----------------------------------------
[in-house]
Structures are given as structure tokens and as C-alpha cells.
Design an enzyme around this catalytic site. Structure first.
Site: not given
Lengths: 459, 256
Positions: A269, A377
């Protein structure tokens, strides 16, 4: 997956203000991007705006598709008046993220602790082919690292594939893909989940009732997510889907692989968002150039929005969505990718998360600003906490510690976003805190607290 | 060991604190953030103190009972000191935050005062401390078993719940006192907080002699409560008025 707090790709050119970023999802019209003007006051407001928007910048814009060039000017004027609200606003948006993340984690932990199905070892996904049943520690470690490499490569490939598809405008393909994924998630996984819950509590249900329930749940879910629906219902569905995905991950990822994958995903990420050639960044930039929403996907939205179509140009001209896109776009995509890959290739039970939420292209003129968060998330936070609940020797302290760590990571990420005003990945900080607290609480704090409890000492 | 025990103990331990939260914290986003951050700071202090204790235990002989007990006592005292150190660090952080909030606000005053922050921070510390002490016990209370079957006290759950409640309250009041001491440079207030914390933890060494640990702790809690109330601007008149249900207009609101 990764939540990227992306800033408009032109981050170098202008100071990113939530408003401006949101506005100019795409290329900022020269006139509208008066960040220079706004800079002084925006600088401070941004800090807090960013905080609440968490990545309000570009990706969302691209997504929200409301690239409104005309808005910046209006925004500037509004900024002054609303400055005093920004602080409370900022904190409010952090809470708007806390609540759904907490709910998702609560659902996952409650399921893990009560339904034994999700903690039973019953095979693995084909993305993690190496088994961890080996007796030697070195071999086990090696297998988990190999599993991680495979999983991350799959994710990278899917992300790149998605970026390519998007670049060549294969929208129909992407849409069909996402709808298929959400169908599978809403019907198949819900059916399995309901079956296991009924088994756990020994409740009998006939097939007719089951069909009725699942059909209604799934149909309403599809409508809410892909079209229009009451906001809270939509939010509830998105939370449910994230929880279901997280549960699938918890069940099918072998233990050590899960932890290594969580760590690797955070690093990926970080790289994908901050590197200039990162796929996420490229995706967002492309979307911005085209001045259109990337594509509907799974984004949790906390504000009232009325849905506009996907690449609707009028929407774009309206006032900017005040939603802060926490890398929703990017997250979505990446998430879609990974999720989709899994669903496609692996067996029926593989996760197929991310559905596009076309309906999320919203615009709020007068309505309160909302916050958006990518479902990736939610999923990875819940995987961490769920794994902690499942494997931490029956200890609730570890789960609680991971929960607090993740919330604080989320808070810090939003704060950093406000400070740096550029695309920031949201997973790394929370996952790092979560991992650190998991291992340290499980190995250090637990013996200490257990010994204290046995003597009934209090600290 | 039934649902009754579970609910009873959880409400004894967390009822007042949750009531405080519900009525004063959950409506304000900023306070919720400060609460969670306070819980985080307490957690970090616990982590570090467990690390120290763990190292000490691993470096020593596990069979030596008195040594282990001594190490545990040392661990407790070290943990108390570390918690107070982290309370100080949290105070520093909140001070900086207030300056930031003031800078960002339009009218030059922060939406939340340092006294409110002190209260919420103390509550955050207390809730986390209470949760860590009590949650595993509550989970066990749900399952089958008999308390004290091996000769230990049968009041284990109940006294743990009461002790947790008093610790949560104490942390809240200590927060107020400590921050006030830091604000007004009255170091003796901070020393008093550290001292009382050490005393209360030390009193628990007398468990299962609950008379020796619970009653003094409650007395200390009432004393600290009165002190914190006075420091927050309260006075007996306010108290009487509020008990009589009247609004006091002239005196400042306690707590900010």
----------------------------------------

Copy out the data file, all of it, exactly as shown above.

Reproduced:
[in-house]
Structures are given as structure tokens and as C-alpha cells.
Design an enzyme around this catalytic site. Structure first.
Site: not given
Lengths: 459, 256
Positions: A269, A377
């Protein structure tokens, strides 16, 4: 997956203000991007705006598709008046993220602790082919690292594939893909989940009732997510889907692989968002150039929005969505990718998360600003906490510690976003805190607290 | 060991604190953030103190009972000191935050005062401390078993719940006192907080002699409560008025 707090790709050119970023999802019209003007006051407001928007910048814009060039000017004027609200606003948006993340984690932990199905070892996904049943520690470690490499490569490939598809405008393909994924998630996984819950509590249900329930749940879910629906219902569905995905991950990822994958995903990420050639960044930039929403996907939205179509140009001209896109776009995509890959290739039970939420292209003129968060998330936070609940020797302290760590990571990420005003990945900080607290609480704090409890000492 | 025990103990331990939260914290986003951050700071202090204790235990002989007990006592005292150190660090952080909030606000005053922050921070510390002490016990209370079957006290759950409640309250009041001491440079207030914390933890060494640990702790809690109330601007008149249900207009609101 990764939540990227992306800033408009032109981050170098202008100071990113939530408003401006949101506005100019795409290329900022020269006139509208008066960040220079706004800079002084925006600088401070941004800090807090960013905080609440968490990545309000570009990706969302691209997504929200409301690239409104005309808005910046209006925004500037509004900024002054609303400055005093920004602080409370900022904190409010952090809470708007806390609540759904907490709910998702609560659902996952409650399921893990009560339904034994999700903690039973019953095979693995084909993305993690190496088994961890080996007796030697070195071999086990090696297998988990190999599993991680495979999983991350799959994710990278899917992300790149998605970026390519998007670049060549294969929208129909992407849409069909996402709808298929959400169908599978809403019907198949819900059916399995309901079956296991009924088994756990020994409740009998006939097939007719089951069909009725699942059909209604799934149909309403599809409508809410892909079209229009009451906001809270939509939010509830998105939370449910994230929880279901997280549960699938918890069940099918072998233990050590899960932890290594969580760590690797955070690093990926970080790289994908901050590197200039990162796929996420490229995706967002492309979307911005085209001045259109990337594509509907799974984004949790906390504000009232009325849905506009996907690449609707009028929407774009309206006032900017005040939603802060926490890398929703990017997250979505990446998430879609990974999720989709899994669903496609692996067996029926593989996760197929991310559905596009076309309906999320919203615009709020007068309505309160909302916050958006990518479902990736939610999923990875819940995987961490769920794994902690499942494997931490029956200890609730570890789960609680991971929960607090993740919330604080989320808070810090939003704060950093406000400070740096550029695309920031949201997973790394929370996952790092979560991992650190998991291992340290499980190995250090637990013996200490257990010994204290046995003597009934209090600290 | 039934649902009754579970609910009873959880409400004894967390009822007042949750009531405080519900009525004063959950409506304000900023306070919720400060609460969670306070819980985080307490957690970090616990982590570090467990690390120290763990190292000490691993470096020593596990069979030596008195040594282990001594190490545990040392661990407790070290943990108390570390918690107070982290309370100080949290105070520093909140001070900086207030300056930031003031800078960002339009009218030059922060939406939340340092006294409110002190209260919420103390509550955050207390809730986390209470949760860590009590949650595993509550989970066990749900399952089958008999308390004290091996000769230990049968009041284990109940006294743990009461002790947790008093610790949560104490942390809240200590927060107020400590921050006030830091604000007004009255170091003796901070020393008093550290001292009382050490005393209360030390009193628990007398468990299962609950008379020796619970009653003094409650007395200390009432004393600290009165002190914190006075420091927050309260006075007996306010108290009487509020008990009589009247609004006091002239005196400042306690707590900010």